Ingot mold A cast iron container, customarily rectangular in cross-sections, into which molten material is poured to cool and form a solid ingot.
Instrument transformer A transformer that produces in its secondary circuit a current or voltage used by the instruments and devices that monitor and control the electric arc furnace. Such transformers are designated as C/T for current transformer and P/T for potential (or voltage) transformer.
Jointing The process of joining two electrodes together with a connecting pin to form a continuous electrode column.
Kilowatts (kW) A unit of electrical power. One kilowatt equals 1,000 watts. In an arc furnace, kilowatts refer to the real, or active power, which creates the heat to melt the charge.
Kilowatt hours A unit of electrical energy obtained by multiplying power by time. One kilowatt hour equals 1000 watts times one hour.
kVA The abbreviation for kilovolt amperes. It is also called the apparent power. Power transformer ratings are normally expressed in KVA.
kVAR The abbreviation for kilovolt ampere reactive. It is also called reactive power and is one of the three types of power found in alternating current circuits.
Lift plug A threaded steel device dimensioned like the lower half of a connecting pin. When screwed into an electrode socket, a lift plug provides a means to raise, transport, and position an electrode.
Load In an arc furnace, the term refers to the total power flowing into the furnace during the melting cycle.
Magnetic field The region surrounding an energized electrical conductor or a permanent magnet. In an arc furnace secondary power circuit, strong magnetic fields are created by the flow of high currents.
Make-up The term used to describe the assembling of an electrode column.
Megawatts Designates units of real power measured in millions of watts (MW). In arc furnace practice, it is the real power which performs the melting.
Melt-down That period of melting cycle during which the furnace charge is converted to molten metal.
Melting power The total power employed in an arc furnace during the melting period.
Melting rate A unit of production normally expressed in tons per hour of hot metal.
MVA A unit of apparent power in an alternating current circuit that contains reactance. The expression one MVA designates on million volt amperes.
MVAR A unit of reactive power in an alternating current circuit. MVAR expresses one million volt ampere reactive.
MW A unit of active, or real, power in any electrical circuit. The expression MW designates one million watts.
Nipple Popular term for the threaded connecting pin used in joining electrodes.
No-load tap changer A device for switching from one tap to another on a transformer. With this type of changer, as opposed to an on-load changer, it is essential that the arc be extinguished before changing taps.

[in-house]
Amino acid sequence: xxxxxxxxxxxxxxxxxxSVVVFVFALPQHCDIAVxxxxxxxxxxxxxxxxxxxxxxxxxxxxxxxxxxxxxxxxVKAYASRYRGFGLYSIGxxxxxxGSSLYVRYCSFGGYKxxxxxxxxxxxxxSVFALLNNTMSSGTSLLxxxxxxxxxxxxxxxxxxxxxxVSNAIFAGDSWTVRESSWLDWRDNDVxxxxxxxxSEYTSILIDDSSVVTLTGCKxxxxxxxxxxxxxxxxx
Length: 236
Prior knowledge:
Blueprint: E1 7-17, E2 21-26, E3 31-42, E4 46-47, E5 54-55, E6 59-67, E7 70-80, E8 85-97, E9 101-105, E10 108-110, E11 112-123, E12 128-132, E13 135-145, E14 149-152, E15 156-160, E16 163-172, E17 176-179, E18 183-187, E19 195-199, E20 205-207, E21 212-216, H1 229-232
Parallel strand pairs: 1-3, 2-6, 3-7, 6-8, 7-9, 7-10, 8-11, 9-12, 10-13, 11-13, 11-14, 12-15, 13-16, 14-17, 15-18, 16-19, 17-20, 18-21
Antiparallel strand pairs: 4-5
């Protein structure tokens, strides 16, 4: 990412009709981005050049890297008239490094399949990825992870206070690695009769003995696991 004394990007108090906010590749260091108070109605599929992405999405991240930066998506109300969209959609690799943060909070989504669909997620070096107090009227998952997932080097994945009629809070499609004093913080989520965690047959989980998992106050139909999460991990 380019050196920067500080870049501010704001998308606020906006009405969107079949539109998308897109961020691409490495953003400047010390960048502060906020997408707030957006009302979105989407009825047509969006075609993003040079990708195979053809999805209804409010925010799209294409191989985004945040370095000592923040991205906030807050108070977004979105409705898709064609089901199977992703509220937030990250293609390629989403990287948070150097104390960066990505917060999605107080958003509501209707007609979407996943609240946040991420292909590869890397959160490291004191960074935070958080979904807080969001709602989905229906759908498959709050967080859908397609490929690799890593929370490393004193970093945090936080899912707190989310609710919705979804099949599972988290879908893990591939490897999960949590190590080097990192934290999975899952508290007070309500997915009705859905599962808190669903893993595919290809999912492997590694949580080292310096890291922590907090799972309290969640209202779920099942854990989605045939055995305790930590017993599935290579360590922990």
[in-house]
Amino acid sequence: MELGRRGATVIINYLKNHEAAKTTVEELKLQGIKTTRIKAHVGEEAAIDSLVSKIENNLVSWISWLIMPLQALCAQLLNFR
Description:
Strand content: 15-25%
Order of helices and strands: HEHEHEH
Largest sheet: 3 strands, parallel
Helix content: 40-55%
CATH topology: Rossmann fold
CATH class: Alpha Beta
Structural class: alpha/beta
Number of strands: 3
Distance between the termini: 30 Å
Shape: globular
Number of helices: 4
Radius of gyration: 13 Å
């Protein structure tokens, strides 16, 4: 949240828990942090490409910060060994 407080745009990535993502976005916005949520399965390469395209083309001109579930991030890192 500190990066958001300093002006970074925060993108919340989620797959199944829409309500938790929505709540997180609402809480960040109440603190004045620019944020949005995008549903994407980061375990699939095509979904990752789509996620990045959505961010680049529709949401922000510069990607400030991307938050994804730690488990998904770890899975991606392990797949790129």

Ohms A term to express electrical resistance in a circuit. It is designated by the symbol Ω.
Open circuit An electrical circuit which has been interrupted so that no current flows through it.
Open joint An improperly made connection between two electrodes in which their end faces are not intimately interfaced. In an open joint, the connecting pin is forced to carry a disproportionate part of the electrical load.
Optimum current The current that provides maximum melting in tons per hour in arc furnace operations.
Optimum power The power that provides for maximum productivity in arc furnace melting. It is not necessarily maximum power.
Over-current Current which exceeds that specified for a particular piece of equipment. The term also refers to current that exceeds a set limitation.
Oxidation The process of burning. With graphite, it occurs when the temperature exceeds 750°F (400°C) and oxygen is present. Sockets, end faces, and columns should be guarded against excess burning.
Pellets A form of prereduced material used as feed material in the electric arc furnace.
Phases Separate voltage wave forms coordinated into an alternating current supply system. The arc furnace is supplied by a three-phase system.
Phase rotation The order in which the successive elements of a three-phase system reach their maximum positive values.
Phase-to-neutral The voltage potential that exists between a conductor and ground or between a conductor and the neutral point of an electrical system.
Potential transformer An instrument transformer whose primary winding is connected in parallel with a circuit in which the voltage is to be measured and controlled. It is also known as a voltage or P/T transformer.
Power cables The flexible conductors carrying the power from the transformer to the arc furnace.
Power circuit breaker An automatic disconnecting device in a power supply system to protect the system from abnormal electrical conditions.
Power curves display the power-current relationship in arc furnace circuits. These curves are helpful in optimizing the arc furnace.
Power factor The ratio of active power to apparent power in an alternating current circuit. It is symbolized by P.F., and P.F. equals MW divided by MVA.
Power-off time In arc furnace operation, that time interval, during a heat, in which no electrical power flows.
Power-on time In arc furnace operation, the total time the power flows during the course of a heat.
Preventive maintenance A preplanned maintenance program to prolong equipment life and reduce downtime. Its goal is increased productivity and reduced total costs.
Primary The high voltage side of a transformer.
Primary coil The high voltage winding in a transformer.
Primary power circuit The high voltage part of a power circuit. In the arc furnace melt shop, it refers to the circuit on the power-company side of the furnace transformer.
Production capability The rated output of an arc furnace melt shop.